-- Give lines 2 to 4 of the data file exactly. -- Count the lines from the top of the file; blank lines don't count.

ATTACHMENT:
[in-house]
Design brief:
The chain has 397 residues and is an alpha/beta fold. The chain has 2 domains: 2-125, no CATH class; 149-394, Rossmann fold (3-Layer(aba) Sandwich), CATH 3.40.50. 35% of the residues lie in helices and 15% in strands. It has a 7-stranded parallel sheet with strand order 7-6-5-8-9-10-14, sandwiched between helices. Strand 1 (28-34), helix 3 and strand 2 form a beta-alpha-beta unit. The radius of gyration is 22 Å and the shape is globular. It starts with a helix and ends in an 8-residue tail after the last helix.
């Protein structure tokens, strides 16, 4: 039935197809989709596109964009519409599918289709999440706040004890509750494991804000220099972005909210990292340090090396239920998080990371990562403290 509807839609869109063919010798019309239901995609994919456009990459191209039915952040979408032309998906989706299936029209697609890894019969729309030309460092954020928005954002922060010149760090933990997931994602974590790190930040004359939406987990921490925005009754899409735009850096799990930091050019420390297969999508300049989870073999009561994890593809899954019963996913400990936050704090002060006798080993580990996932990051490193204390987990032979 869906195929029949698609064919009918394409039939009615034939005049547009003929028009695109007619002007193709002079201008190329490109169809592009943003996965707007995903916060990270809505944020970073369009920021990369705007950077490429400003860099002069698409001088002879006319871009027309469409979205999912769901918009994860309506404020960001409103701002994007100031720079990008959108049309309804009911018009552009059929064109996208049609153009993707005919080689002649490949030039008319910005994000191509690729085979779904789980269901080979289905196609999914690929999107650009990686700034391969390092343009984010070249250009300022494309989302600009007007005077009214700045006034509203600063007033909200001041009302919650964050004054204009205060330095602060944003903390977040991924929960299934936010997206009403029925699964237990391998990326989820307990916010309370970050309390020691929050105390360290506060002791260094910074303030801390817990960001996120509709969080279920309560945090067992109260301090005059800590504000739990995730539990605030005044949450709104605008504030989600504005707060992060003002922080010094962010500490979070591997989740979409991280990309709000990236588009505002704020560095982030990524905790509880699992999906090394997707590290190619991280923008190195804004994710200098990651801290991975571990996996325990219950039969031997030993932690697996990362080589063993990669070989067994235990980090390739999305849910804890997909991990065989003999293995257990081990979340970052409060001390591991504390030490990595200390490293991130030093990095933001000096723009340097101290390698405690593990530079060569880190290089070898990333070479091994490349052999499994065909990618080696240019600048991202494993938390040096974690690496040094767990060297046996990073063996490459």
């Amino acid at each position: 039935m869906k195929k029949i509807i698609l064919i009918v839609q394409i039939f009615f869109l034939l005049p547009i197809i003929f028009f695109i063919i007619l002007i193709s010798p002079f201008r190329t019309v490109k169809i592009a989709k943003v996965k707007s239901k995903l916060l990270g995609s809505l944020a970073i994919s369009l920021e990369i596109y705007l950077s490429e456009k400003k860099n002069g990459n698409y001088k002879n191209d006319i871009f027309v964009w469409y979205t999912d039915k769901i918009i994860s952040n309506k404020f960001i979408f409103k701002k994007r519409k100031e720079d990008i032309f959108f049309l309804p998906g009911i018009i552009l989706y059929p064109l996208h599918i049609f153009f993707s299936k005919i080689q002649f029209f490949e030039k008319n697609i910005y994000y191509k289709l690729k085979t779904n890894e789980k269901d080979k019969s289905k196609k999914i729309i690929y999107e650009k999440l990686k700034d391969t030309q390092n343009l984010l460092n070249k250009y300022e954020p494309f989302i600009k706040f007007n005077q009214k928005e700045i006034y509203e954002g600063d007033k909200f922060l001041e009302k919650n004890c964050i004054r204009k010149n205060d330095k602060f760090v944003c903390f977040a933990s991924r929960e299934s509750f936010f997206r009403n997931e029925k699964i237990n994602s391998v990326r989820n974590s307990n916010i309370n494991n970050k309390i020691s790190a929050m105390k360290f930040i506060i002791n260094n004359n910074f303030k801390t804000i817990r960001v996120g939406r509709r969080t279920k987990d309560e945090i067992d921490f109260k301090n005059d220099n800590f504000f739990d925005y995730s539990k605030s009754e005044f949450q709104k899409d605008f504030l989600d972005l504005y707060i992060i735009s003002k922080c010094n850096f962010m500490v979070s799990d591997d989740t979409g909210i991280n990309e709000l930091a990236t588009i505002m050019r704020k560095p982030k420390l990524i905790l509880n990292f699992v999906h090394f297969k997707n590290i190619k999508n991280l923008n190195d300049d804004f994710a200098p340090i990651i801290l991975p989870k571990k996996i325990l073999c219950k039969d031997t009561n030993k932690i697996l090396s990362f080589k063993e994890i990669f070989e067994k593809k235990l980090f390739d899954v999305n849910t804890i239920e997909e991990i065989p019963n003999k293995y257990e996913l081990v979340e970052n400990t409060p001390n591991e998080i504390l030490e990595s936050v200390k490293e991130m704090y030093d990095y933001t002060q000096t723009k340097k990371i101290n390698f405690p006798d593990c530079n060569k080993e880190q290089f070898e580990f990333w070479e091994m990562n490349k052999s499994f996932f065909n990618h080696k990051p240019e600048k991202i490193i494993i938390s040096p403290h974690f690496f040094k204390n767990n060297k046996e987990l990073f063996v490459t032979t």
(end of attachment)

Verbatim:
Design brief:
The chain has 397 residues and is an alpha/beta fold. The chain has 2 domains: 2-125, no CATH class; 149-394, Rossmann fold (3-Layer(aba) Sandwich), CATH 3.40.50. 35% of the residues lie in helices and 15% in strands. It has a 7-stranded parallel sheet with strand order 7-6-5-8-9-10-14, sandwiched between helices. Strand 1 (28-34), helix 3 and strand 2 form a beta-alpha-beta unit. The radius of gyration is 22 Å and the shape is globular. It starts with a helix and ends in an 8-residue tail after the last helix.
């Protein structure tokens, strides 16, 4: 039935197809989709596109964009519409599918289709999440706040004890509750494991804000220099972005909210990292340090090396239920998080990371990562403290 509807839609869109063919010798019309239901995609994919456009990459191209039915952040979408032309998906989706299936029209697609890894019969729309030309460092954020928005954002922060010149760090933990997931994602974590790190930040004359939406987990921490925005009754899409735009850096799990930091050019420390297969999508300049989870073999009561994890593809899954019963996913400990936050704090002060006798080993580990996932990051490193204390987990032979 869906195929029949698609064919009918394409039939009615034939005049547009003929028009695109007619002007193709002079201008190329490109169809592009943003996965707007995903916060990270809505944020970073369009920021990369705007950077490429400003860099002069698409001088002879006319871009027309469409979205999912769901918009994860309506404020960001409103701002994007100031720079990008959108049309309804009911018009552009059929064109996208049609153009993707005919080689002649490949030039008319910005994000191509690729085979779904789980269901080979289905196609999914690929999107650009990686700034391969390092343009984010070249250009300022494309989302600009007007005077009214700045006034509203600063007033909200001041009302919650964050004054204009205060330095602060944003903390977040991924929960299934936010997206009403029925699964237990391998990326989820307990916010309370970050309390020691929050105390360290506060002791260094910074303030801390817990960001996120509709969080279920309560945090067992109260301090005059800590504000739990995730539990605030005044949450709104605008504030989600504005707060992060003002922080010094962010500490979070591997989740979409991280990309709000990236588009505002704020560095982030990524905790509880699992999906090394997707590290190619991280923008190195804004994710200098990651801290991975571990996996325990219950039969031997030993932690697996990362080589063993990669070989067994235990980090390739999305849910804890997909991990065989003999293995257990081990979340970052409060001390591991504390030490990595200390490293991130030093990095933001000096723009340097101290390698405690593990530079060569880190290089070898990333070479091994490349052999499994065909990618080696240019600048991202494993938390040096974690690496040094767990060297046996990073063996490459």